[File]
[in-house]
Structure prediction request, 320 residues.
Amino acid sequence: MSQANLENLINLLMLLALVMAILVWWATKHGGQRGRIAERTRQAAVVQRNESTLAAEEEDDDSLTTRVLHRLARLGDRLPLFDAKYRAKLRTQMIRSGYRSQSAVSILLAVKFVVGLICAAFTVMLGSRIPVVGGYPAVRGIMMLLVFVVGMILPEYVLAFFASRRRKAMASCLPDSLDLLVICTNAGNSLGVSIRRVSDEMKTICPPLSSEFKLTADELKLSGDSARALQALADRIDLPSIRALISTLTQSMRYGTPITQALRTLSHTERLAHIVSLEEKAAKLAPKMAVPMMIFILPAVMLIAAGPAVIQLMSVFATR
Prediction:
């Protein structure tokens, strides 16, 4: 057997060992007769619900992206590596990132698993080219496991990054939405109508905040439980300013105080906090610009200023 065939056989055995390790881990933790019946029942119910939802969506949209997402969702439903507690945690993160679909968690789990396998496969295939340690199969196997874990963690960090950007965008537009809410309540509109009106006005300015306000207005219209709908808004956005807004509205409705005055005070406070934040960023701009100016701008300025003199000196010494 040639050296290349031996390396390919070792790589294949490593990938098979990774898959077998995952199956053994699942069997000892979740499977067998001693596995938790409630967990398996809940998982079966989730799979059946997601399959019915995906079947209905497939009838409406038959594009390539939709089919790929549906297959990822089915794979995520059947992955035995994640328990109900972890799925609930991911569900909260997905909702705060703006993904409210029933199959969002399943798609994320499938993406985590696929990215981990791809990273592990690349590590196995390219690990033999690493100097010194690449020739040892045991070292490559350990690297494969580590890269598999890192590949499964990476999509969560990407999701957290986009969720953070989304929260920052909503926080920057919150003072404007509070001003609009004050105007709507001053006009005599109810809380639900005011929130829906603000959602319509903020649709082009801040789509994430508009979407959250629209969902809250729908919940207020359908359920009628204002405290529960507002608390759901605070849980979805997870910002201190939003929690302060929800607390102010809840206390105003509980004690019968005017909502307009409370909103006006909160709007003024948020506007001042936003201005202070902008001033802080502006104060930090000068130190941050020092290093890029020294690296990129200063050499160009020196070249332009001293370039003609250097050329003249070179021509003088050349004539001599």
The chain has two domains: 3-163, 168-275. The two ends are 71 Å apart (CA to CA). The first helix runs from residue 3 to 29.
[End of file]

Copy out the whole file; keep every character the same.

[in-house]
Structure prediction request, 320 residues.
Amino acid sequence: MSQANLENLINLLMLLALVMAILVWWATKHGGQRGRIAERTRQAAVVQRNESTLAAEEEDDDSLTTRVLHRLARLGDRLPLFDAKYRAKLRTQMIRSGYRSQSAVSILLAVKFVVGLICAAFTVMLGSRIPVVGGYPAVRGIMMLLVFVVGMILPEYVLAFFASRRRKAMASCLPDSLDLLVICTNAGNSLGVSIRRVSDEMKTICPPLSSEFKLTADELKLSGDSARALQALADRIDLPSIRALISTLTQSMRYGTPITQALRTLSHTERLAHIVSLEEKAAKLAPKMAVPMMIFILPAVMLIAAGPAVIQLMSVFATR
Prediction:
């Protein structure tokens, strides 16, 4: 057997060992007769619900992206590596990132698993080219496991990054939405109508905040439980300013105080906090610009200023 065939056989055995390790881990933790019946029942119910939802969506949209997402969702439903507690945690993160679909968690789990396998496969295939340690199969196997874990963690960090950007965008537009809410309540509109009106006005300015306000207005219209709908808004956005807004509205409705005055005070406070934040960023701009100016701008300025003199000196010494 040639050296290349031996390396390919070792790589294949490593990938098979990774898959077998995952199956053994699942069997000892979740499977067998001693596995938790409630967990398996809940998982079966989730799979059946997601399959019915995906079947209905497939009838409406038959594009390539939709089919790929549906297959990822089915794979995520059947992955035995994640328990109900972890799925609930991911569900909260997905909702705060703006993904409210029933199959969002399943798609994320499938993406985590696929990215981990791809990273592990690349590590196995390219690990033999690493100097010194690449020739040892045991070292490559350990690297494969580590890269598999890192590949499964990476999509969560990407999701957290986009969720953070989304929260920052909503926080920057919150003072404007509070001003609009004050105007709507001053006009005599109810809380639900005011929130829906603000959602319509903020649709082009801040789509994430508009979407959250629209969902809250729908919940207020359908359920009628204002405290529960507002608390759901605070849980979805997870910002201190939003929690302060929800607390102010809840206390105003509980004690019968005017909502307009409370909103006006909160709007003024948020506007001042936003201005202070902008001033802080502006104060930090000068130190941050020092290093890029020294690296990129200063050499160009020196070249332009001293370039003609250097050329003249070179021509003088050349004539001599």
The chain has two domains: 3-163, 168-275. The two ends are 71 Å apart (CA to CA). The first helix runs from residue 3 to 29.